doctorow at January 28th, 2014 05:42 — #1
llamaspit at January 28th, 2014 08:10 — #2
I attended a small Q & A session held with Pete Seeger a few years back at the Jazz Festival in New Orleans. I have rarely been so moved by the sheer honesty, humor, and humanity he displayed in talking about his long life filled with family, music, and political activism. He was on the right side of history in every cause that he undertook. We need many more to emulate him.
milliefink at January 28th, 2014 08:11 — #3
Just a little while ago, he was on The Colbert Report.
RIP indeed. He deserved to be one very proud banjo man.
jonaseggeater at January 28th, 2014 08:30 — #4
What a wonderful man. He's really going to be missed. Everyone ought to watch an episode of "Rainbow Quest" today, in honor. (There are at least a couple of full episodes on Youtube, too.)
This is a song that really touches me (he was 91 in this video):
Rest in peace.
chickied at January 28th, 2014 08:33 — #5
A great public station up here in NY is spinning a set just after 9 EST for their "Question of the Day".
Discussion of songs for the set, memories in their blog comments section here:
There is a link at the top right for streaming the station on the Interwebs.
some_guy at January 28th, 2014 08:45 — #6
He was my first musical influence as a child, and my first concert (1980 with Arlo Guthrie at a High School auditorium)-- ten years later I saw him at another High School auditorium that he had packed, and he was just as energetic and able to connect with the audience on a really honest, personal level.
teknocholer at January 28th, 2014 09:03 — #7
"This machine surrounds hate and forces it to surrender."
eksrae at January 28th, 2014 09:03 — #8
It's 6:00 A.M., and the rest of my day is ruined.
acerplatanoides at January 28th, 2014 09:34 — #12
lorq at January 28th, 2014 09:50 — #14
falcor at January 28th, 2014 09:51 — #15
Deleted off topic, instigation comment and replies. Stay on topic.
cowicide at January 28th, 2014 12:29 — #16
I never got to see Pete and it'll be something I regret until I die.
versuchsanstalt at January 28th, 2014 14:14 — #17
I'm not ashamed to cry.
What a life.
http://m.youtube.com/watch?v=Czk2hj4VISg (pbs documentary)
JonasEggeater, there used to be a version on youtube from the Beacon Sloop Club, but I can't find it anymore. Forty, fifty people in a room, banjos, guitars, harp, an upright bass, everybody singing.
"When I sing with younger folk, I can never give up hope God's counting on me, God's counting on you" and his happy face in this crowd of mixed age.
Can't stop crying. He really did it. What a great man he was.
If I could only find that video to link to it.
versuchsanstalt at January 28th, 2014 14:18 — #18
Which was a response to Woodie Guthrie's guitar sign afaik
Here's a pic:
generic_name at January 28th, 2014 14:27 — #19
"This MAN surrounded hate and forced it to surrender" would be a good epitaph.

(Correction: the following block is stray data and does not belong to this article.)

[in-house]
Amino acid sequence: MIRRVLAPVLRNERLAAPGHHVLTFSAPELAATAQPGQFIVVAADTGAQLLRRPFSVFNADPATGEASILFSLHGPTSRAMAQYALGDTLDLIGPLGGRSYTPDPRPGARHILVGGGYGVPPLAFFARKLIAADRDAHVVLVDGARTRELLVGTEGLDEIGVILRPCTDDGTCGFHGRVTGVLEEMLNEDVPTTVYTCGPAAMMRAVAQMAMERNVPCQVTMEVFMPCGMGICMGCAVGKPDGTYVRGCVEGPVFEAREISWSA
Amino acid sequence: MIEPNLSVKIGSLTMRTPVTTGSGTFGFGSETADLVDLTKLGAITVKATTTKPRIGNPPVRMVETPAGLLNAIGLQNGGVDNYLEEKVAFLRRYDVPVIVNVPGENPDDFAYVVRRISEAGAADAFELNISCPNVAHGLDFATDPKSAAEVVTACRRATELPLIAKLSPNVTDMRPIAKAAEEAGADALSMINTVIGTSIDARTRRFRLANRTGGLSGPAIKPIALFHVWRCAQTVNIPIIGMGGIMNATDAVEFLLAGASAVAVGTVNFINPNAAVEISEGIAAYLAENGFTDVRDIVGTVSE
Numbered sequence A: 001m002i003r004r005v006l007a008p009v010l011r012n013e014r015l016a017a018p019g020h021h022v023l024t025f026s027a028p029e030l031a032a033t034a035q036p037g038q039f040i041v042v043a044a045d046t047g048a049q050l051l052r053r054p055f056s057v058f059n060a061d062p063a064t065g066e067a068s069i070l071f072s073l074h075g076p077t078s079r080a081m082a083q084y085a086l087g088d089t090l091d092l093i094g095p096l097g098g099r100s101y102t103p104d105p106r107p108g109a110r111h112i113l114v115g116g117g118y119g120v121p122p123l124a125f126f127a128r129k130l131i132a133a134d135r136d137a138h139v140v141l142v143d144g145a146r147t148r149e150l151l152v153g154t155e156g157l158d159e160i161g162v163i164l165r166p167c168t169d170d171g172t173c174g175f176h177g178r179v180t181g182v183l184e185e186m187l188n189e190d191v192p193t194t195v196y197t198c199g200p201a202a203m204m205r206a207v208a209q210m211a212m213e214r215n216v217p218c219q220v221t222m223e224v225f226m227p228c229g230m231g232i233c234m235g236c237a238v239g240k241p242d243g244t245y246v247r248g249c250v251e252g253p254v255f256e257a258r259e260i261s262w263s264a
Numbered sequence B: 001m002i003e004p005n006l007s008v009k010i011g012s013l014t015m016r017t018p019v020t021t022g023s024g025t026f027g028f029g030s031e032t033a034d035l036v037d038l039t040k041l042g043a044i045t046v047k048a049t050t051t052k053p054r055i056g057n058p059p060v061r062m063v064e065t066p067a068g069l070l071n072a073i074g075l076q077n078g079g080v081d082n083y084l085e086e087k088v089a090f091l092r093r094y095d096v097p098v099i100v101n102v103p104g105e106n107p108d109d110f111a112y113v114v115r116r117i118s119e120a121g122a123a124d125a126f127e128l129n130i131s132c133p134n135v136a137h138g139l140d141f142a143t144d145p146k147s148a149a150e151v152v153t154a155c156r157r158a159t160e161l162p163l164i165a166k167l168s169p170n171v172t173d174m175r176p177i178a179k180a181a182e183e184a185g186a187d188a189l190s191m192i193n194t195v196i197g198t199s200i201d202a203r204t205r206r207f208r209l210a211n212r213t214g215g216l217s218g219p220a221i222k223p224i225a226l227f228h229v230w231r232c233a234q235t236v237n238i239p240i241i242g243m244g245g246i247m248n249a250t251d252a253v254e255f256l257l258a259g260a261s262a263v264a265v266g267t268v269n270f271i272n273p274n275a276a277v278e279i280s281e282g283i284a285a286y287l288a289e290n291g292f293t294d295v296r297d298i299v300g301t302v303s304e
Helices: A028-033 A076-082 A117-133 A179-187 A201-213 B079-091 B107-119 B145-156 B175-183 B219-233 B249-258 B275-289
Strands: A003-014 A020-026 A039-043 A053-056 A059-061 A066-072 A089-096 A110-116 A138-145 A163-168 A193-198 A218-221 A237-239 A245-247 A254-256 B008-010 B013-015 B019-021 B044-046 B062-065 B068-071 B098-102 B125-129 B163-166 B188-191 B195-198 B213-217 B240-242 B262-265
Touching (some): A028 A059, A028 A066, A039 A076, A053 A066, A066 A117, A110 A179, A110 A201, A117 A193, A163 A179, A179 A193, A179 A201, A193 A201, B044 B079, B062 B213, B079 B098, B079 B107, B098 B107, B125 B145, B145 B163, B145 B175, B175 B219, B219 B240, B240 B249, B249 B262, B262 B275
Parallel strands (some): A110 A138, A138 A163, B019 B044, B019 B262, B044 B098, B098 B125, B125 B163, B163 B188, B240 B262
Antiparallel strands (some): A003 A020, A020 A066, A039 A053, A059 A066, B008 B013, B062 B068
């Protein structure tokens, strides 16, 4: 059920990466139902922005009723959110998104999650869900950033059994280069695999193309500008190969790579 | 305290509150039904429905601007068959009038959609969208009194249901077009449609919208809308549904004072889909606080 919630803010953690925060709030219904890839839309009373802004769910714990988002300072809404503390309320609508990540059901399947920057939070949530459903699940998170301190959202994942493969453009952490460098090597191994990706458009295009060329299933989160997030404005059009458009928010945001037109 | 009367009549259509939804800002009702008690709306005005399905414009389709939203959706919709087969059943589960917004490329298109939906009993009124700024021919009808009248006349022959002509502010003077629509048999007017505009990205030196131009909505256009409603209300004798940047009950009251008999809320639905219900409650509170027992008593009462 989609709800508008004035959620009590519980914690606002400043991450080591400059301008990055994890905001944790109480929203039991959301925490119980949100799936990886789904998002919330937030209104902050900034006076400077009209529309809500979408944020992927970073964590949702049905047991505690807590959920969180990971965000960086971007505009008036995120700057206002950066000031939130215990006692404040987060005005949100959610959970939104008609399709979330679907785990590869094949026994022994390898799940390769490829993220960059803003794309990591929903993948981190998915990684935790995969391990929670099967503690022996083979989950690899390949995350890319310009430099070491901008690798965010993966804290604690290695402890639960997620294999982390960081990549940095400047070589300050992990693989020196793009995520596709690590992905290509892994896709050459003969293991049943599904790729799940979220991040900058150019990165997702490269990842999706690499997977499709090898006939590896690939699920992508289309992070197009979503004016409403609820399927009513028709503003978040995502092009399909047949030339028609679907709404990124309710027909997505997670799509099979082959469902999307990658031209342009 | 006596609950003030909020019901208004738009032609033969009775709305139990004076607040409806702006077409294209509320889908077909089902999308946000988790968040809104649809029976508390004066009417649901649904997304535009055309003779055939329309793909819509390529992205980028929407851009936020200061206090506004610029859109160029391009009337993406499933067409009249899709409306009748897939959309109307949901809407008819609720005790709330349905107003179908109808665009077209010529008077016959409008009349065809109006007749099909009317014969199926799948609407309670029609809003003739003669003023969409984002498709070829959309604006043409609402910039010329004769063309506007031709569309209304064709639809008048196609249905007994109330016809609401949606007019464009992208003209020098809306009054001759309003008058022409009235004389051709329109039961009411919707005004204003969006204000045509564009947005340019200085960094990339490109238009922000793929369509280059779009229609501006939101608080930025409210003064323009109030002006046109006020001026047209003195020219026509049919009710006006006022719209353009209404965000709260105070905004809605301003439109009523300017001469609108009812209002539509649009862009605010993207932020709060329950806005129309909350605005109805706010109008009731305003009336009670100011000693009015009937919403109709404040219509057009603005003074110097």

michael_walsh at January 28th, 2014 14:51 — #20
On the right side of history in every cause he undertook? Let's hope not!
chgoliz at January 28th, 2014 15:28 — #21
I knew when I came to this site today there would be a thread filled with love, respect, and remembrances.
In his 60's he went through a rough patch medically: I saw him at a concert then and feared he wouldn't have much longer to live. That was over 30 years ago. Maybe there really is a god after all.
llamaspit at January 29th, 2014 11:26 — #22
Yes. He was a registered communist, and also anti-war for his entire life. However, you fail to mention that he signed up for military service during WW11 and soon renounced his former association with the communists. He accepted his mistake and paid for it dearly with dire consequences to his career and blacklisting for a long period, although he was clearly never a threat in any way.
One foolish mistake does not in any way negate a lifetime of service and positive work for good causes.
mikeboda at January 29th, 2014 13:21 — #23
Supporting the Soviets in 1917 was the right side of history. Supporting the USSR in 1937, not so much. By the time the purges came around, ethical and well informed leftists should have become anarcho-syndicalists, left-communists, or at least Trots. Perhaps one of the reasons good people found it so hard to leave the US CP was that during the Third Period (late 20s and early 30s) it was further left and more militant than most of its opponents. Ending the NEP, collectivizing agriculture, investing in industry, supporting black liberation, building independent communist trade unions outside the AFL, opposing reformism, planning for actual revolution, all made Stalinism look super radical and inspiring. The CP had built up enough far left credibility, particularly in contrasts to the West's state of economic depression, to maintain members through the popular front gestures toward reformism and liberal/nationalist alliances, the purges, and even the Hitler-Stalin pact and the insane flip-flops in Party Line.
mikeboda at January 29th, 2014 13:26 — #24
Seeger never renounced communism, only the Communist Party. Which is all well and good, but hindsight being 20/20, he aught to have left the Party sooner.
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